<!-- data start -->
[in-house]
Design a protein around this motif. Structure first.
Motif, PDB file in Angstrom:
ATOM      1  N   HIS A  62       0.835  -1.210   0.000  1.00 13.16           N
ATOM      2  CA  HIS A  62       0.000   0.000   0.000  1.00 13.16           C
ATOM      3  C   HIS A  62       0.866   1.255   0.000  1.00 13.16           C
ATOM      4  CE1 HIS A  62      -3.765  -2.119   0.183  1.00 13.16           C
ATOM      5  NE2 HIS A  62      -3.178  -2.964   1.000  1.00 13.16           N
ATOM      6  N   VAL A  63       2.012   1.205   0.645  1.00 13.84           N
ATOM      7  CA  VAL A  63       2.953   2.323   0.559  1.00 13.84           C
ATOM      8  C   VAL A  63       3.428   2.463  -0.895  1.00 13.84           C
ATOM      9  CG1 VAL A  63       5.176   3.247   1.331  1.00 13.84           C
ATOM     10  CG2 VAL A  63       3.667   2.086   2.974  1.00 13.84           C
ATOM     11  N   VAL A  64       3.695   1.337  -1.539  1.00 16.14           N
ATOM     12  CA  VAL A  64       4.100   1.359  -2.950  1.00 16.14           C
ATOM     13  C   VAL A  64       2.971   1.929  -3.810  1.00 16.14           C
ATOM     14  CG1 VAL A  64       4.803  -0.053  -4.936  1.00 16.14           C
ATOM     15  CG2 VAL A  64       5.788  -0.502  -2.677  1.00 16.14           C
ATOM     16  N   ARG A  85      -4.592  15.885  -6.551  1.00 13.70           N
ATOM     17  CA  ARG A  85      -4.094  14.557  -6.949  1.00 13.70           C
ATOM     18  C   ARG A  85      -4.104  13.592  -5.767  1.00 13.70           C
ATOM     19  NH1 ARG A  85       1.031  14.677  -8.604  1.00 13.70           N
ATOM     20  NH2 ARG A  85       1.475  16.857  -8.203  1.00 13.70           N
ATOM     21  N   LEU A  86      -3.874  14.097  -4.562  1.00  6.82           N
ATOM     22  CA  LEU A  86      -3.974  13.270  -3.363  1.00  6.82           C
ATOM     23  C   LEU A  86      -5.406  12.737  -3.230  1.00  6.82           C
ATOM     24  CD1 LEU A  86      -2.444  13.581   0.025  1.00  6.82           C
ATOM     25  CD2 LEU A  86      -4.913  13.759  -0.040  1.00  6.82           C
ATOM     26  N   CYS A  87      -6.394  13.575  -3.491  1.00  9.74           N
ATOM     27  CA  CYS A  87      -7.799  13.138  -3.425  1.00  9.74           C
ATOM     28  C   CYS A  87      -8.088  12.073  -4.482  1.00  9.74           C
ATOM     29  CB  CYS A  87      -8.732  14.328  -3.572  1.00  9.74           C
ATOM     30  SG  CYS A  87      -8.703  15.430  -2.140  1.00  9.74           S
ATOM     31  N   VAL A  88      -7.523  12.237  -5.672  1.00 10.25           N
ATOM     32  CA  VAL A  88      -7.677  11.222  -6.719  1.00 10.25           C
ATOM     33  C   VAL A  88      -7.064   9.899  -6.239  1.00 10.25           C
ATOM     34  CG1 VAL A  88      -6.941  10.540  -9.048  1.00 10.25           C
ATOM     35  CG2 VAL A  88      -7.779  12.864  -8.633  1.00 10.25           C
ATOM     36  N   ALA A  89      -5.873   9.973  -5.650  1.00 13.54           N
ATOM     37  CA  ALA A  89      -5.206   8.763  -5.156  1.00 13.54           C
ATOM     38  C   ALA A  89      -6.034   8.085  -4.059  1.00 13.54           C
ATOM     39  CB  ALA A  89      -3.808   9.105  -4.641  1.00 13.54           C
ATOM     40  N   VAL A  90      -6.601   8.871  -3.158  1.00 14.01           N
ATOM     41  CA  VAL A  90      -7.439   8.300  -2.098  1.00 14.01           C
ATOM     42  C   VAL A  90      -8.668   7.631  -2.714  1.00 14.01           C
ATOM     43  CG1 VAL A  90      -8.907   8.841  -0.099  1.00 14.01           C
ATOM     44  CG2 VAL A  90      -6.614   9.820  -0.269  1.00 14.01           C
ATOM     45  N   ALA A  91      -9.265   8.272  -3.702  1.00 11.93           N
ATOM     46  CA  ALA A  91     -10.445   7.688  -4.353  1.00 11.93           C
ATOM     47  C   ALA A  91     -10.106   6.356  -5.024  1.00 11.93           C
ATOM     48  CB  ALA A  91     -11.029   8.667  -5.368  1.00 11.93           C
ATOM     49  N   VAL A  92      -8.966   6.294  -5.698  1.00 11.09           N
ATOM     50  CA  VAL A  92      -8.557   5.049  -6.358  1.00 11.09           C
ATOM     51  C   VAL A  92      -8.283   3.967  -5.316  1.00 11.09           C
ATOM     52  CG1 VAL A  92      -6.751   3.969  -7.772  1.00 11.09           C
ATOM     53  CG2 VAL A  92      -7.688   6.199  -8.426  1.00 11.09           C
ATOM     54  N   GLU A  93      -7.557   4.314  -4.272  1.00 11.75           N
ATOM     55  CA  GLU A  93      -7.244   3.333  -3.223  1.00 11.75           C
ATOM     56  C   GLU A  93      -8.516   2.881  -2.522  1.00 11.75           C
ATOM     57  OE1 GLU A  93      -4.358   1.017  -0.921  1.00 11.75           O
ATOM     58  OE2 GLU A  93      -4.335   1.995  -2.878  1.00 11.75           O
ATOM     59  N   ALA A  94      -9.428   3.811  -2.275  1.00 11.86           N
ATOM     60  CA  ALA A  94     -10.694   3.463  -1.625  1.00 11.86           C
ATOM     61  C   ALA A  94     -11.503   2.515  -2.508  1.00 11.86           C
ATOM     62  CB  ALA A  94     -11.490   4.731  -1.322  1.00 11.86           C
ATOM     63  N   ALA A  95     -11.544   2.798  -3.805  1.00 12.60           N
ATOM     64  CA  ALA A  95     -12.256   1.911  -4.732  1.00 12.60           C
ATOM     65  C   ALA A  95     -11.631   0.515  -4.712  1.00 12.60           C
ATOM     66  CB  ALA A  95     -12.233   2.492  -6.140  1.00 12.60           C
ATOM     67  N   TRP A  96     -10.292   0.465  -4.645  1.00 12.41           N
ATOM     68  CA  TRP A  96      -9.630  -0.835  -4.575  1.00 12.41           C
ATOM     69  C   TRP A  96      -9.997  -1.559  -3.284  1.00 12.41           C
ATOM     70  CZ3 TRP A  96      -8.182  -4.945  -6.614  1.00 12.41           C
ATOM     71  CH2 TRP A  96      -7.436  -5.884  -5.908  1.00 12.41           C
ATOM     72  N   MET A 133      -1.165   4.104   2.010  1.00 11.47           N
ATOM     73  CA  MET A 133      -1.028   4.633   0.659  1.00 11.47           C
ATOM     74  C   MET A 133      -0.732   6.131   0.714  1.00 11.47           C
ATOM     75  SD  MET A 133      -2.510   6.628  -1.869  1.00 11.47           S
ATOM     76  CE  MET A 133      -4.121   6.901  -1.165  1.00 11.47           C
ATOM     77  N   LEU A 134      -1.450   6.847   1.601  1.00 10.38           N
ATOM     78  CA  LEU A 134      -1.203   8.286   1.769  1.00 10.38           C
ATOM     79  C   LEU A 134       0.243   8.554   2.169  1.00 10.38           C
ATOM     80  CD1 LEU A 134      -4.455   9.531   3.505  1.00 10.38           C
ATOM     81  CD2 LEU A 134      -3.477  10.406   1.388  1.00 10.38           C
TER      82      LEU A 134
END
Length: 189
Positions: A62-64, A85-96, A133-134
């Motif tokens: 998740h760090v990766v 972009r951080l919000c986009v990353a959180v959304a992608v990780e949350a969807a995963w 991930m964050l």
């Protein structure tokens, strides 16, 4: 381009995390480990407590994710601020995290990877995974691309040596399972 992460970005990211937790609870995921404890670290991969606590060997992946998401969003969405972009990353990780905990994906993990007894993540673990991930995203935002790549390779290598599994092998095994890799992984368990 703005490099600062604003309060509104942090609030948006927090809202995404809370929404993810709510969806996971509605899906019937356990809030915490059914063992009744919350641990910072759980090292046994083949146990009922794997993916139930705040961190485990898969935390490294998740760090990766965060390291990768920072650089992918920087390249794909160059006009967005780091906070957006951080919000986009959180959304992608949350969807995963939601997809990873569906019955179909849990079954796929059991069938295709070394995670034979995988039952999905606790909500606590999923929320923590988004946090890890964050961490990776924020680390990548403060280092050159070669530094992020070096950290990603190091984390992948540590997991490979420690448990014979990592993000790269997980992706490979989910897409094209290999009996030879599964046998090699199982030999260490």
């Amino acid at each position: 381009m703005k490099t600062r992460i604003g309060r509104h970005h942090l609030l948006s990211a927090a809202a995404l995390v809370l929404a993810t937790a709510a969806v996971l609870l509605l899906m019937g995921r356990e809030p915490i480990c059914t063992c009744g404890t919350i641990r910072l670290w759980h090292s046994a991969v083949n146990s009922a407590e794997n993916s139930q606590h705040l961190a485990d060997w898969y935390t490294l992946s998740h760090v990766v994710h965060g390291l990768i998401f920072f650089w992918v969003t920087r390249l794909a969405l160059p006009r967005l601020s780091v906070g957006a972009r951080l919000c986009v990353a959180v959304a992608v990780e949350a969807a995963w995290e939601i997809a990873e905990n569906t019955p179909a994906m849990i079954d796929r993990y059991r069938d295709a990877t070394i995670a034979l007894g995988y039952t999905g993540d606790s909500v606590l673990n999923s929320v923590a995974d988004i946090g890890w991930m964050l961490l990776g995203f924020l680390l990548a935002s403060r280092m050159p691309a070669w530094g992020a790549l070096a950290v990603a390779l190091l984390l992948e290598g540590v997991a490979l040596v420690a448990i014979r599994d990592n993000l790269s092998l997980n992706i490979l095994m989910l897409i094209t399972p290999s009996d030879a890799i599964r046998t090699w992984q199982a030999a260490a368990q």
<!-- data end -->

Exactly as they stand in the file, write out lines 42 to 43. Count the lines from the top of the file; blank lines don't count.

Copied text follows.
ATOM     39  CB  ALA A  89      -3.808   9.105  -4.641  1.00 13.54           C
ATOM     40  N   VAL A  90      -6.601   8.871  -3.158  1.00 14.01           N